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News posted on Monday, 5 December 2016

Wine community Christmas present: WET rebate update
THE FEDERAL GOVERNMENT has announced a revised WET rebate and eligibility package, providing clarity before Vintage 2017 begins. The previously announced cut to the cap from $500,000 down to $290,000 will be revised to $350,000 with an additional top up grant of $100,000 also set to be introduced. The revised eligibility criteria for claiming the WET rebate will become ownership of at least 85 per cent of the grapes at the crusher. The cap changes will also be deferred until 1 July 2018, but revised eligibility criteria will be brought forward to this date. There will also be a new mandatory process to ensure the tax liability has been incurred before the rebate is claimed.

Fire at McLaren Vale winery Alpha Box & Dice
Billowing black smoke filled the sky above McLaren Vale on Sunday as fire caused up to $400,000 damage to the cellar door at trendy winery Alpha Box and Dice. SA Country Fire Service commander, Brett Loughlin, said just after midday yesterday, multiple calls were made to report a commercial structure alight at the Olivers Rd winery. He said seven appliances and 40 firefighters battled the blaze for around 30 minutes to bring it under control and save the last remaining quarter of the stone building.

Make way for more female bosses in Australian wine industry
Michelle Geber has stepped up to become the boss of a 116-year-old wine company in the Barossa Valley and says many more female chief executives will follow in the wine industry around Australia as generational change accelerates. Geber, who has become general manager at Chateau Tanunda, said the wine industry, which was traditionally dominated by males, has been gradually shifting. "I think the industry is opening up more and more to women," she said. The shift will speed up, as many of Australia's family-owned or privately-owned wine producers go through generational change.

How climate change is affecting the wine we drink
Regardless of where Australian wine makers are growing — from the Hunter Valley to the Tamar Valley — climate change is making its presence felt. It’s creating big challenges for an industry already dealing with so much, including a more competitive market here and overseas. Winemakers are adapting, and consumers need to be open to changing their wine drinking habits. There is no doubt that higher temperatures will mean higher alcohol content, compressed vintages and higher risks for our winemakers.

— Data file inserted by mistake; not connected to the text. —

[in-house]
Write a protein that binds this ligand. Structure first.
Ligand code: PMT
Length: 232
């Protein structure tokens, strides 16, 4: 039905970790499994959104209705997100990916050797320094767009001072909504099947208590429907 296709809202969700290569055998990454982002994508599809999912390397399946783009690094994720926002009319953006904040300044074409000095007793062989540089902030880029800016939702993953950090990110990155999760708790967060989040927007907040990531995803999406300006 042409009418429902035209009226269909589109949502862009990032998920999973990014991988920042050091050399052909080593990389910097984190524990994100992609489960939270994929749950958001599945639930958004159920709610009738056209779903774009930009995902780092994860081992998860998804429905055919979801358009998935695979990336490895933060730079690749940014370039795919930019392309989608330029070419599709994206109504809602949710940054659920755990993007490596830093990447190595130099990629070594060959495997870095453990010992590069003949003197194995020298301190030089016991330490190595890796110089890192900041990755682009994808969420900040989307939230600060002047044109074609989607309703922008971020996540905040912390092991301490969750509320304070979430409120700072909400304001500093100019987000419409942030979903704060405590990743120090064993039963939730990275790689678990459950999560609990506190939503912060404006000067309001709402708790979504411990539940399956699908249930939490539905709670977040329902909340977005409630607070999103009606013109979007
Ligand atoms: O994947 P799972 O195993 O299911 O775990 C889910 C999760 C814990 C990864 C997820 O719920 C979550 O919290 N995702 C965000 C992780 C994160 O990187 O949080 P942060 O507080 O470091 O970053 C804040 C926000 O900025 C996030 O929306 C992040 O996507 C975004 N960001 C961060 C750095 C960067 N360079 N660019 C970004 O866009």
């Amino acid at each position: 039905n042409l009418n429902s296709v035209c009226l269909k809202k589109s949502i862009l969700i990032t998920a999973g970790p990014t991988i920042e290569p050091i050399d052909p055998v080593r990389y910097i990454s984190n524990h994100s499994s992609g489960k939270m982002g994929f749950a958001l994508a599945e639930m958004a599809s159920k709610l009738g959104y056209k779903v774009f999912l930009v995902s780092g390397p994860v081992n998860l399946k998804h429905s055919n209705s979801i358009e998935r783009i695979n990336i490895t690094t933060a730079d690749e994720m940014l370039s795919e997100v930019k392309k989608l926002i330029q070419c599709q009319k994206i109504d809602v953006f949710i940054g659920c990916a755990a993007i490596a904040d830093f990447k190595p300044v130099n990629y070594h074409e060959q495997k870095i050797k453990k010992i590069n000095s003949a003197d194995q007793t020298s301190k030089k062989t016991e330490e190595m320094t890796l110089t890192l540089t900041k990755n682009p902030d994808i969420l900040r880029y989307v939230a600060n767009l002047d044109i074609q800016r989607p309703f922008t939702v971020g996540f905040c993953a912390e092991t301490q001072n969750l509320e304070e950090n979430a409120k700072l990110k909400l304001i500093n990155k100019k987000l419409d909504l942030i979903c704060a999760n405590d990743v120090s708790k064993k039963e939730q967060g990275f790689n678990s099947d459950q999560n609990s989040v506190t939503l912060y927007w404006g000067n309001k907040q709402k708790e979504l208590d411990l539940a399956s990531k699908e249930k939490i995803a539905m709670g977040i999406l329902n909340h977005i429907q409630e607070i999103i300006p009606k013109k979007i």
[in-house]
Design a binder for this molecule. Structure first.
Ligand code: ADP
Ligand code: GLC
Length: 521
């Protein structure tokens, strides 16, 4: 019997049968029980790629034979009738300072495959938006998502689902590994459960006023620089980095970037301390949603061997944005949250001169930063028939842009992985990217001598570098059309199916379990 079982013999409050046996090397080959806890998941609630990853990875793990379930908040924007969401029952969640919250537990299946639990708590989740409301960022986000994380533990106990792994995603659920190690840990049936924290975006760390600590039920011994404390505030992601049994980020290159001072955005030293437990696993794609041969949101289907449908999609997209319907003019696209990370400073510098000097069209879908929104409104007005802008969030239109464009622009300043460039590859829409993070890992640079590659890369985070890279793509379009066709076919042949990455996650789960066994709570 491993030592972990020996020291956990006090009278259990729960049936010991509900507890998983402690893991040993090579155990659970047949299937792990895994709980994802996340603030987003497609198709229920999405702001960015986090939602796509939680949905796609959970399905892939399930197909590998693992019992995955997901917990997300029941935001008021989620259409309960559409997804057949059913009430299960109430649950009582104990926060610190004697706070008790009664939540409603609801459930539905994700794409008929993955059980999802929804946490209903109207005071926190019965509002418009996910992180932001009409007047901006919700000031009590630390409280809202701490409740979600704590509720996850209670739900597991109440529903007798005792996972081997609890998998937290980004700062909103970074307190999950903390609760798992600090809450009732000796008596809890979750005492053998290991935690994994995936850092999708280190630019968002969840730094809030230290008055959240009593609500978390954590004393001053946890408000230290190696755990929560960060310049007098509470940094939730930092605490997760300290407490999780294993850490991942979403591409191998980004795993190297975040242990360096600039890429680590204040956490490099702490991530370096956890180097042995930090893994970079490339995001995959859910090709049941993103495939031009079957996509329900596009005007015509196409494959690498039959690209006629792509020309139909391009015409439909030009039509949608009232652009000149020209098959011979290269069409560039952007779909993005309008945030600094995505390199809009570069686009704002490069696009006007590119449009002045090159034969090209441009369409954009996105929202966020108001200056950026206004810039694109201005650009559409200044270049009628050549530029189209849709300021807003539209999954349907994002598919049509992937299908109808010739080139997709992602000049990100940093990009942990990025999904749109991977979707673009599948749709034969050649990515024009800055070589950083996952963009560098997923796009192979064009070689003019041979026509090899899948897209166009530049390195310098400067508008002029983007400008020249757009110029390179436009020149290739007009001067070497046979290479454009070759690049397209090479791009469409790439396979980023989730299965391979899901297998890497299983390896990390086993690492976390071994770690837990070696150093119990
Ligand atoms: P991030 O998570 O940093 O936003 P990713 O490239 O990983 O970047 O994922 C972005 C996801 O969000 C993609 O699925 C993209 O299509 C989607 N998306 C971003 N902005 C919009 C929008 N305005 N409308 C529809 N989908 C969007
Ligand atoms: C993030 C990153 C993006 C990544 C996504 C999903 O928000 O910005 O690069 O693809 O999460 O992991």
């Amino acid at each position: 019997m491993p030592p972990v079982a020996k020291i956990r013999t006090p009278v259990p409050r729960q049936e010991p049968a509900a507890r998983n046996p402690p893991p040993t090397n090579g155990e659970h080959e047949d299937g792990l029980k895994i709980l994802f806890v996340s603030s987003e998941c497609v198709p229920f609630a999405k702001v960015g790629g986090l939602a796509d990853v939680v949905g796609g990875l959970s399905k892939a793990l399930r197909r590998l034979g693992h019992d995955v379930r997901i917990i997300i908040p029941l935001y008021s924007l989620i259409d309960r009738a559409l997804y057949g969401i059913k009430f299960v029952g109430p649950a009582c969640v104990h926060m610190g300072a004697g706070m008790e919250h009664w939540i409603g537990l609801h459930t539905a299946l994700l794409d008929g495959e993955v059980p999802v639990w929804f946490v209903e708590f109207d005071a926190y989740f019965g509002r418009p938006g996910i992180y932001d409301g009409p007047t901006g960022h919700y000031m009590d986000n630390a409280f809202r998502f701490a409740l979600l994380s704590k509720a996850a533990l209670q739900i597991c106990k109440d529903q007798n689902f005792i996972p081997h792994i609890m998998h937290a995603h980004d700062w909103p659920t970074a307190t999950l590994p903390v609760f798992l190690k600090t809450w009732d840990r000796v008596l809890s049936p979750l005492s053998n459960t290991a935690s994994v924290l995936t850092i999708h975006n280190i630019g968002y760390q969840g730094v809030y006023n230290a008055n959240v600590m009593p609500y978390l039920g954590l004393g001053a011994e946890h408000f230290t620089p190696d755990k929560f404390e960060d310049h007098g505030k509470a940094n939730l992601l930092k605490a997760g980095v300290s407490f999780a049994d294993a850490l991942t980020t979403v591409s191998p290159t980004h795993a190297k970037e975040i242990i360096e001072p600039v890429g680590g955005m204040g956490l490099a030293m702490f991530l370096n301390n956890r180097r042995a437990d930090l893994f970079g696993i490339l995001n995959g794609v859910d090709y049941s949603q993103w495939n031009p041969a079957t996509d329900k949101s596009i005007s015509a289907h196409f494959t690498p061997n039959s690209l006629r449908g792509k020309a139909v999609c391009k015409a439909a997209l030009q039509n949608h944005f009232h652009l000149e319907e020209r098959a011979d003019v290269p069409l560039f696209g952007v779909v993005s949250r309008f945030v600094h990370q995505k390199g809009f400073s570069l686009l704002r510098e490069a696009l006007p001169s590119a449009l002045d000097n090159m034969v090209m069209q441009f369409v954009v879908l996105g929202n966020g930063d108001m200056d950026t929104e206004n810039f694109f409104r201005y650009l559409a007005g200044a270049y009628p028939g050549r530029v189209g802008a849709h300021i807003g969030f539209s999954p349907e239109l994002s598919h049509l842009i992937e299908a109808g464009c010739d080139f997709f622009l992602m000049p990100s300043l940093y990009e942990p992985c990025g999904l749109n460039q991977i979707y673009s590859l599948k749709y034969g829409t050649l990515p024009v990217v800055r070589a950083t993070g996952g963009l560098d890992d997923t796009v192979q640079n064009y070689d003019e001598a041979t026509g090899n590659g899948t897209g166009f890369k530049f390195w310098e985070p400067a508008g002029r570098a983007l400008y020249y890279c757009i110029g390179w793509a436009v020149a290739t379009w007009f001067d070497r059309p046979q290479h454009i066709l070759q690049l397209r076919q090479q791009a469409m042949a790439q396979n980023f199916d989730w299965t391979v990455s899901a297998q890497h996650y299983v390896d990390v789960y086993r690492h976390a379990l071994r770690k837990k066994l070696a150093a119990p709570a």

Hungerford Hill announces new owner and winemaker
Hungerford Hill Wines, which was established in 1967, has a new owner after being purchased by Iris Capital, owned by Sam Arnaout. The purchase of Hungerford Hill is the second significant wine related investment in the Hunter Valley by Iris Capital, after the purchase of Sweetwater Estate in 2016. Arnaout and his family take over ownership of the successful and acclaimed Hunter Valley winery, vineyard and brand from James Kirby, who has successfully owned the brand since 2002.

New Zealanders remain eligible for WET rebate
New Zealand wine makers will still be able to claim the WET rebate under these reforms, to the chagrin of many Australian winemakers. But the changes will mean fewer Kiwis are eligible for the rebate, and none will have access to the new wine tourism and cellar door grant, which is available to eligible Australians who exceed the rebate cap of $350,000. "A lot of the wine that's coming into Australia from New Zealand actually is currently coming in in bulk, and that won't be eligible," Senator Ruston said. "There will be a significant number of people from New Zealand who are currently claiming the rebate who will no longer be able to."

Pinot Noir NZ announces impressive culinary program
With just 60 days until New Zealand’s most significant wine event - Pinot Noir NZ 2017, the lid has been lifted on an all-star line-up of kiwi chefs putting food on the table alongside world class New Zealand wines. Pinot Noir NZ happens just once every four years, and brings together the wines, people and places that benchmark New Zealand Pinot Noir. There will be 117 wineries bringing over 600 wines to 600 visionaries, industry leaders, influencers and lovers of Pinot Noir.